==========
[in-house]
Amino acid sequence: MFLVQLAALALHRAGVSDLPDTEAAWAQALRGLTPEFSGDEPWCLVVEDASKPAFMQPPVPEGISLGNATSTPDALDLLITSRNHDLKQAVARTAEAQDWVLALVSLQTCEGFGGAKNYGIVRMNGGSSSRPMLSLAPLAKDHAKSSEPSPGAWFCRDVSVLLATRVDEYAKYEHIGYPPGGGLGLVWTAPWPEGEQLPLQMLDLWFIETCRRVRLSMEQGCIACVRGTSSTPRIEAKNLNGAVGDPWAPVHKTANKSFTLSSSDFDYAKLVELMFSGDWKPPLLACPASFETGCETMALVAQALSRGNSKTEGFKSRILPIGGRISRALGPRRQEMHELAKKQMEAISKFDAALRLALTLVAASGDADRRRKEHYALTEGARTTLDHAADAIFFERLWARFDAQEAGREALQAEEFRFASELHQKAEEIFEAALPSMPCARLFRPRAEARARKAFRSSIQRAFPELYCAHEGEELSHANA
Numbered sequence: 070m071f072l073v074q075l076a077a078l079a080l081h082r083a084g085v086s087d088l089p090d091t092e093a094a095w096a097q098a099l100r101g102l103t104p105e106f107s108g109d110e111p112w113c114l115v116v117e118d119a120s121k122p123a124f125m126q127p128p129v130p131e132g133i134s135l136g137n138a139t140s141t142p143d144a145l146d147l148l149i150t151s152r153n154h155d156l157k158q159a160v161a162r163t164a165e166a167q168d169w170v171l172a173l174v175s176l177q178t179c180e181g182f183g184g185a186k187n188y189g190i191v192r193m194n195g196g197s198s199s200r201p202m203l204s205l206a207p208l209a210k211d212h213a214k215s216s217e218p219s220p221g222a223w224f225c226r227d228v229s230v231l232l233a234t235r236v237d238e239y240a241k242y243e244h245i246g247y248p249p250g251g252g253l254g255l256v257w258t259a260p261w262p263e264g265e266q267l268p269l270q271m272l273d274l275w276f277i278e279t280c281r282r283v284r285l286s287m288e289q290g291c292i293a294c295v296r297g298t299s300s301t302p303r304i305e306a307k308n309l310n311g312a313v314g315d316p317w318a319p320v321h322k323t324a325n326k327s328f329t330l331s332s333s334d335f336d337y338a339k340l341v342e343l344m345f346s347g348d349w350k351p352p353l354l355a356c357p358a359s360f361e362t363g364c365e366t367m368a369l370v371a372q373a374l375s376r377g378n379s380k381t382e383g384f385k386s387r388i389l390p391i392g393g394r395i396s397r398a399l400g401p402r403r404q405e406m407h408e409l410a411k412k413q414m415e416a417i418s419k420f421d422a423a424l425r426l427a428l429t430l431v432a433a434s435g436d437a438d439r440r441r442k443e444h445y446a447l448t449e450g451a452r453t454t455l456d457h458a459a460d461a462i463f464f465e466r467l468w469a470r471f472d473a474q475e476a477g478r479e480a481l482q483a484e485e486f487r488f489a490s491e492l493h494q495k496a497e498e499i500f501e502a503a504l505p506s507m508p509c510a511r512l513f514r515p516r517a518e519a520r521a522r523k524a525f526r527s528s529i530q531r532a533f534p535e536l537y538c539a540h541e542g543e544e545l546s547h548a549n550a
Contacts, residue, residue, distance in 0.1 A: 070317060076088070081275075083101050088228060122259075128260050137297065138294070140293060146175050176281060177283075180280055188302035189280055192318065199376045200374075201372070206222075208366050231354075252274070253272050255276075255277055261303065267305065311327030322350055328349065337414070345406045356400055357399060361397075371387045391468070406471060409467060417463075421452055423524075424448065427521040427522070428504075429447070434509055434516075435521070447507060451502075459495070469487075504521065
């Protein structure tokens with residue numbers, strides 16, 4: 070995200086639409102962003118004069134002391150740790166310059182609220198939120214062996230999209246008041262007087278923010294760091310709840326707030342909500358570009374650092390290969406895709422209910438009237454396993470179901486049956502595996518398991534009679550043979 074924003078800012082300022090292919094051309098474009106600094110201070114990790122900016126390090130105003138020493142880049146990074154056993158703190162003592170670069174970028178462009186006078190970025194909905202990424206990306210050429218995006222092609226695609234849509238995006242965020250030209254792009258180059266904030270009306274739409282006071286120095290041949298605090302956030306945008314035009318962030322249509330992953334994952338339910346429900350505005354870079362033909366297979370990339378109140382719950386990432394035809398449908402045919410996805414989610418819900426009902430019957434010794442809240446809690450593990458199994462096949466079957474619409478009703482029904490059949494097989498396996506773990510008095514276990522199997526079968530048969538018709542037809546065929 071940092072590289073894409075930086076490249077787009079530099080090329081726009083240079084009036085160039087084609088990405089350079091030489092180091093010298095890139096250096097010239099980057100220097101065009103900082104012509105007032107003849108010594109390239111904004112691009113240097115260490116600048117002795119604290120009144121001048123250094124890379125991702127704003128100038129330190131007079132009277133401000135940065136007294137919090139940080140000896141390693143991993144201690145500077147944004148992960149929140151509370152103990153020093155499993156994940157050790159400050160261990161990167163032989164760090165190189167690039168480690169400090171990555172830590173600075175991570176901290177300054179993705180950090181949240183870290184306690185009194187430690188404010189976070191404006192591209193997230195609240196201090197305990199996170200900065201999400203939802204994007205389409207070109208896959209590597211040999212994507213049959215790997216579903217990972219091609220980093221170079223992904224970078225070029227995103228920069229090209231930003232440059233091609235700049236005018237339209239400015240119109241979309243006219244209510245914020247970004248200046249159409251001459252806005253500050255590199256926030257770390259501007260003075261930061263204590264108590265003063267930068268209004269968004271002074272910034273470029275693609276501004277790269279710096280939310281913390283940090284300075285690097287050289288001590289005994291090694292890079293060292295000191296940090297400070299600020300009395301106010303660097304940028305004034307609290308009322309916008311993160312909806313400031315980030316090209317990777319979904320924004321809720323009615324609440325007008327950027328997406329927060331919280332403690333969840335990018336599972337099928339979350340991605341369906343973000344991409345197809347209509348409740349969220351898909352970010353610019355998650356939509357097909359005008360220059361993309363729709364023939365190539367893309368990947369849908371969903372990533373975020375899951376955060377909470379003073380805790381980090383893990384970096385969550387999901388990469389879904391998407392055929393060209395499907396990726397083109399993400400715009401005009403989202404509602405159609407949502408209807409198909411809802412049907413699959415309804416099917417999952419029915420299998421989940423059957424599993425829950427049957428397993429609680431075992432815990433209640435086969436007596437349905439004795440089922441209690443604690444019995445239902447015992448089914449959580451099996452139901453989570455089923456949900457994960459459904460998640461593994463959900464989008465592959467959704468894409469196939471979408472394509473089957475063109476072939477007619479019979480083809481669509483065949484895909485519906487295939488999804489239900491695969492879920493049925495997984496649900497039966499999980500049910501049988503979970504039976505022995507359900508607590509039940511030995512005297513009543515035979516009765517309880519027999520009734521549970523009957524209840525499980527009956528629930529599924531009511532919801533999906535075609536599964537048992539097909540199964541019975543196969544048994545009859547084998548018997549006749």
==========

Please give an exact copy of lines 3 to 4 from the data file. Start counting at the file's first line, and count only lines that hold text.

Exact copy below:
Numbered sequence: 070m071f072l073v074q075l076a077a078l079a080l081h082r083a084g085v086s087d088l089p090d091t092e093a094a095w096a097q098a099l100r101g102l103t104p105e106f107s108g109d110e111p112w113c114l115v116v117e118d119a120s121k122p123a124f125m126q127p128p129v130p131e132g133i134s135l136g137n138a139t140s141t142p143d144a145l146d147l148l149i150t151s152r153n154h155d156l157k158q159a160v161a162r163t164a165e166a167q168d169w170v171l172a173l174v175s176l177q178t179c180e181g182f183g184g185a186k187n188y189g190i191v192r193m194n195g196g197s198s199s200r201p202m203l204s205l206a207p208l209a210k211d212h213a214k215s216s217e218p219s220p221g222a223w224f225c226r227d228v229s230v231l232l233a234t235r236v237d238e239y240a241k242y243e244h245i246g247y248p249p250g251g252g253l254g255l256v257w258t259a260p261w262p263e264g265e266q267l268p269l270q271m272l273d274l275w276f277i278e279t280c281r282r283v284r285l286s287m288e289q290g291c292i293a294c295v296r297g298t299s300s301t302p303r304i305e306a307k308n309l310n311g312a313v314g315d316p317w318a319p320v321h322k323t324a325n326k327s328f329t330l331s332s333s334d335f336d337y338a339k340l341v342e343l344m345f346s347g348d349w350k351p352p353l354l355a356c357p358a359s360f361e362t363g364c365e366t367m368a369l370v371a372q373a374l375s376r377g378n379s380k381t382e383g384f385k386s387r388i389l390p391i392g393g394r395i396s397r398a399l400g401p402r403r404q405e406m407h408e409l410a411k412k413q414m415e416a417i418s419k420f421d422a423a424l425r426l427a428l429t430l431v432a433a434s435g436d437a438d439r440r441r442k443e444h445y446a447l448t449e450g451a452r453t454t455l456d457h458a459a460d461a462i463f464f465e466r467l468w469a470r471f472d473a474q475e476a477g478r479e480a481l482q483a484e485e486f487r488f489a490s491e492l493h494q495k496a497e498e499i500f501e502a503a504l505p506s507m508p509c510a511r512l513f514r515p516r517a518e519a520r521a522r523k524a525f526r527s528s529i530q531r532a533f534p535e536l537y538c539a540h541e542g543e544e545l546s547h548a549n550a
Contacts, residue, residue, distance in 0.1 A: 070317060076088070081275075083101050088228060122259075128260050137297065138294070140293060146175050176281060177283075180280055188302035189280055192318065199376045200374075201372070206222075208366050231354075252274070253272050255276075255277055261303065267305065311327030322350055328349065337414070345406045356400055357399060361397075371387045391468070406471060409467060417463075421452055423524075424448065427521040427522070428504075429447070434509055434516075435521070447507060451502075459495070469487075504521065